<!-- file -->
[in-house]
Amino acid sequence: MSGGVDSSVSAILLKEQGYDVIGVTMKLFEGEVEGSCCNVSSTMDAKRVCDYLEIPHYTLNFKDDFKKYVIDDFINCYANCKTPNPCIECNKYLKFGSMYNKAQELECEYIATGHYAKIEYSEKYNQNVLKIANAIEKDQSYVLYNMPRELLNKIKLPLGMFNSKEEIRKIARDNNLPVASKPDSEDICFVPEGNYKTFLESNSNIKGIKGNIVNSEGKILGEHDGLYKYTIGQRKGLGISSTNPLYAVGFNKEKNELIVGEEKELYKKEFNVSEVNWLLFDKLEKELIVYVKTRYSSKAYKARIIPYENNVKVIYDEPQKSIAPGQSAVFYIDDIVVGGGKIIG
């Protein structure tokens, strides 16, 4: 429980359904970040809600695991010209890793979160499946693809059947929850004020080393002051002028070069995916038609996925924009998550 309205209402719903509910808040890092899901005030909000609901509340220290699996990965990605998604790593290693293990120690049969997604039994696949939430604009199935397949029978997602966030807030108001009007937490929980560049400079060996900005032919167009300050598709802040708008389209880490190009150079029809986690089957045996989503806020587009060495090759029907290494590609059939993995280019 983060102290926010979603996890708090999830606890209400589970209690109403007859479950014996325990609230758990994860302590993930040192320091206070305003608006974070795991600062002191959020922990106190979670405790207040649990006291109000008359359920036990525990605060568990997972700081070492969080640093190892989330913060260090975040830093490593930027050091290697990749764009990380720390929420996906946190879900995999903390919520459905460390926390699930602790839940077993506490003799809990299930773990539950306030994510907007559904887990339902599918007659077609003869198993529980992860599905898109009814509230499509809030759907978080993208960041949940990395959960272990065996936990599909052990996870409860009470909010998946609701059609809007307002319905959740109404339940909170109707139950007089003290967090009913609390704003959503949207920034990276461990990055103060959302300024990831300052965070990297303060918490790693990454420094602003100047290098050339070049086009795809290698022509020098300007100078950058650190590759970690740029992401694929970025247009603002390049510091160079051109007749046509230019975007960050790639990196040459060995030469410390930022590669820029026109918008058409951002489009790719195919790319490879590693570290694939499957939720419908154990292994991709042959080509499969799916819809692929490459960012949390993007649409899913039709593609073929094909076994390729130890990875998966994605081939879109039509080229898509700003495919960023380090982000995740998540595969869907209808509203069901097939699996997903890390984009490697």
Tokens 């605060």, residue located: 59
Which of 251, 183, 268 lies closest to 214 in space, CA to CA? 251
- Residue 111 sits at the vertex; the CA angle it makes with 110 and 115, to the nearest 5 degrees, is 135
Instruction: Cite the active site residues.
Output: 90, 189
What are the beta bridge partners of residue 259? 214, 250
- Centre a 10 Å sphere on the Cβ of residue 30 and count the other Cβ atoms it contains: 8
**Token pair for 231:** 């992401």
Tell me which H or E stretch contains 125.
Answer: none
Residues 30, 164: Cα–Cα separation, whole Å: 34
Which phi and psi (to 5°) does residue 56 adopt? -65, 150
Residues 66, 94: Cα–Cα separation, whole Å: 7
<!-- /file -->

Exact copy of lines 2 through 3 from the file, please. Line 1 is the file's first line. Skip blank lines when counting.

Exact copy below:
Amino acid sequence: MSGGVDSSVSAILLKEQGYDVIGVTMKLFEGEVEGSCCNVSSTMDAKRVCDYLEIPHYTLNFKDDFKKYVIDDFINCYANCKTPNPCIECNKYLKFGSMYNKAQELECEYIATGHYAKIEYSEKYNQNVLKIANAIEKDQSYVLYNMPRELLNKIKLPLGMFNSKEEIRKIARDNNLPVASKPDSEDICFVPEGNYKTFLESNSNIKGIKGNIVNSEGKILGEHDGLYKYTIGQRKGLGISSTNPLYAVGFNKEKNELIVGEEKELYKKEFNVSEVNWLLFDKLEKELIVYVKTRYSSKAYKARIIPYENNVKVIYDEPQKSIAPGQSAVFYIDDIVVGGGKIIG
């Protein structure tokens, strides 16, 4: 429980359904970040809600695991010209890793979160499946693809059947929850004020080393002051002028070069995916038609996925924009998550 309205209402719903509910808040890092899901005030909000609901509340220290699996990965990605998604790593290693293990120690049969997604039994696949939430604009199935397949029978997602966030807030108001009007937490929980560049400079060996900005032919167009300050598709802040708008389209880490190009150079029809986690089957045996989503806020587009060495090759029907290494590609059939993995280019 983060102290926010979603996890708090999830606890209400589970209690109403007859479950014996325990609230758990994860302590993930040192320091206070305003608006974070795991600062002191959020922990106190979670405790207040649990006291109000008359359920036990525990605060568990997972700081070492969080640093190892989330913060260090975040830093490593930027050091290697990749764009990380720390929420996906946190879900995999903390919520459905460390926390699930602790839940077993506490003799809990299930773990539950306030994510907007559904887990339902599918007659077609003869198993529980992860599905898109009814509230499509809030759907978080993208960041949940990395959960272990065996936990599909052990996870409860009470909010998946609701059609809007307002319905959740109404339940909170109707139950007089003290967090009913609390704003959503949207920034990276461990990055103060959302300024990831300052965070990297303060918490790693990454420094602003100047290098050339070049086009795809290698022509020098300007100078950058650190590759970690740029992401694929970025247009603002390049510091160079051109007749046509230019975007960050790639990196040459060995030469410390930022590669820029026109918008058409951002489009790719195919790319490879590693570290694939499957939720419908154990292994991709042959080509499969799916819809692929490459960012949390993007649409899913039709593609073929094909076994390729130890990875998966994605081939879109039509080229898509700003495919960023380090982000995740998540595969869907209808509203069901097939699996997903890390984009490697």